0.85 is the efficiency of the inverter, i.e loss due to converting ac to dc to ac and maintaining float charge in batteries

So in my case:
I have 4 x 12V 102Ah batteries in series and parallel making a total of 24v and 204Ah.
My load is around 500w but can go up to 1500w

24 x 204 / 500 / 2 x 0.85 = 4h10m
24 x 204 / 750 / 2 x 0.85 = 2h45m
24 x 204 / 1000 / 2 x 0.85 = 2h05m
24 x 204 / 1500 / 2 x 0.85 = 1h25m

(edit: type the equation into a calculator as written from left to right. Although the order doesn't matter as long as you don't start with one of the dividers, in which case you need to start with 1/divider.....)

So if I am running at 750w I can easily get 2h30m, or one load shedding block. I have yet to break 500w (without the fridge) average during load shedding and this reflects in the battery level indicator after 2h15m load shedding only dropping 25%. I'm about to install a new plug point for the fridge that will be on the inverter side of the db board. This will add 300w when the fridge is actively working and an average of 100w at idle. I have made this decision to preserve the fridge motor rather than as a need to keep the fridge working during load shedding.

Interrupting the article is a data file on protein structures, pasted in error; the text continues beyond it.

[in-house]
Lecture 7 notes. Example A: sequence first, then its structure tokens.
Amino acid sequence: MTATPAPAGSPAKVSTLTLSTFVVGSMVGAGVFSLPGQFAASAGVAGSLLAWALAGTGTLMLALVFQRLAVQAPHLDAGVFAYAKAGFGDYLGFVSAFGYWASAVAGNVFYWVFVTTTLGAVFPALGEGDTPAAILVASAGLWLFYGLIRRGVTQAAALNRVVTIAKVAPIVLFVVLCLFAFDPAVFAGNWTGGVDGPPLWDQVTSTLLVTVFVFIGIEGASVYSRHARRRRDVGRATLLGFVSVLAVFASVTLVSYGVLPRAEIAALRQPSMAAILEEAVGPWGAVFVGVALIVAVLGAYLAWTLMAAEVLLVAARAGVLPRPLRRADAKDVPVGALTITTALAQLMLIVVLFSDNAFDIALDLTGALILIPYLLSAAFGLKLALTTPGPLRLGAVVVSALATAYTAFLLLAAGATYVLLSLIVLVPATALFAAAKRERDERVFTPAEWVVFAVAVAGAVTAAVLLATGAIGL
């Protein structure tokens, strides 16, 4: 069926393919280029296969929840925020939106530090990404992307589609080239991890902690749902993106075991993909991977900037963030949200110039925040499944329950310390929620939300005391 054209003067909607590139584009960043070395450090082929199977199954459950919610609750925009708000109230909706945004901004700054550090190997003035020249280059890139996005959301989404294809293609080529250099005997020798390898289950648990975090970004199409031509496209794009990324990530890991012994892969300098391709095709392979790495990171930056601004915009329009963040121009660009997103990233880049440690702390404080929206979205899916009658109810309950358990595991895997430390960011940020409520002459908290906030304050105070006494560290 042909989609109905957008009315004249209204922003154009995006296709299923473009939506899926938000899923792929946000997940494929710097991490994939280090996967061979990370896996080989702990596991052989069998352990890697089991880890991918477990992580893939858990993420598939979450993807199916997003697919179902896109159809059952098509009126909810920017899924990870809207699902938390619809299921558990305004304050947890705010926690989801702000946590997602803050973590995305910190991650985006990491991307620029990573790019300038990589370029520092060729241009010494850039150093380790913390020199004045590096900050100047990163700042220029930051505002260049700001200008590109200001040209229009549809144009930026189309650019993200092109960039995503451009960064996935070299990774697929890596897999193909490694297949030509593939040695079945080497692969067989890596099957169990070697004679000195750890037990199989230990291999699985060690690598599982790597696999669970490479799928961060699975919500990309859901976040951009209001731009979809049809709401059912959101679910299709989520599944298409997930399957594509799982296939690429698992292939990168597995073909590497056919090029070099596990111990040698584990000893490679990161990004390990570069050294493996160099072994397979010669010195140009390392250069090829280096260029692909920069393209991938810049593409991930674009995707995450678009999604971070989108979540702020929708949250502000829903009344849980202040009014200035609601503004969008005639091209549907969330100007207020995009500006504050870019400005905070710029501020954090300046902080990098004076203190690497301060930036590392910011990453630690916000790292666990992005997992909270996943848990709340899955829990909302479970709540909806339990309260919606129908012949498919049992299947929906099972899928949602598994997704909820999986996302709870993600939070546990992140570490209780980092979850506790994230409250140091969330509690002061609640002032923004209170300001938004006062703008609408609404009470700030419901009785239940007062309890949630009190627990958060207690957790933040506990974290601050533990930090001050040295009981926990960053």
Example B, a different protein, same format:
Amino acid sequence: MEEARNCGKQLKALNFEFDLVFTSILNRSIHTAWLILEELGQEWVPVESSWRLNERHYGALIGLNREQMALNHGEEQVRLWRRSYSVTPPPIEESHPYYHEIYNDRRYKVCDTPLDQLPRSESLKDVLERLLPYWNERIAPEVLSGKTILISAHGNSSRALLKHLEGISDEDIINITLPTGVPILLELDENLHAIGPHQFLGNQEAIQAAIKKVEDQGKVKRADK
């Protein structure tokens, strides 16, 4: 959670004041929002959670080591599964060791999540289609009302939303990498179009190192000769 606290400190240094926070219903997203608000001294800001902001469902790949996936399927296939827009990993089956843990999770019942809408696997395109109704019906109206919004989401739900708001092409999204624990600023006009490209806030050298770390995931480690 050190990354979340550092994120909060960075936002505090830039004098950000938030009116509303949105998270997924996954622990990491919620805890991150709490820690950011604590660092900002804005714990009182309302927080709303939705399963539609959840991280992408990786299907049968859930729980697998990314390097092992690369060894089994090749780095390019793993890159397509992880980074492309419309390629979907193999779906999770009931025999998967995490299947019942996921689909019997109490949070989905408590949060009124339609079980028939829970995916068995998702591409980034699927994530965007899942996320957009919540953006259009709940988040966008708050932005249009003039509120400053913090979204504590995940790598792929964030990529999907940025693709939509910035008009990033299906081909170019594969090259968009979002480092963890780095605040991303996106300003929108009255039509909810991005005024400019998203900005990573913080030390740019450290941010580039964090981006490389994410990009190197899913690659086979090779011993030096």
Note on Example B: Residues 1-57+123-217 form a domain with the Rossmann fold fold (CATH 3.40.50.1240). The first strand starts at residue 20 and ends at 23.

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The_Traveller

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Aug 9, 2008
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Do you have copies of the discharge curves for the batteries? That should help you decide in how deep you can allow the DOD to go to. Conventional wisdom states that the DOD should never fall below 20%.
Battery balancing is a technique to ensure that each battery in a string discharges equally. Battery balancing extends the life cycles of batteries. It can pay for itself quite quickly. Battery balancing also helps detect issues you may have with any cabling and connections. So I would go for it, bearing in mind the investment cost of batteries. The more expensive the batteries the more important battery balancing becomes.
What kind of battery balancer would you recommend ? Please link the specific component . Thanks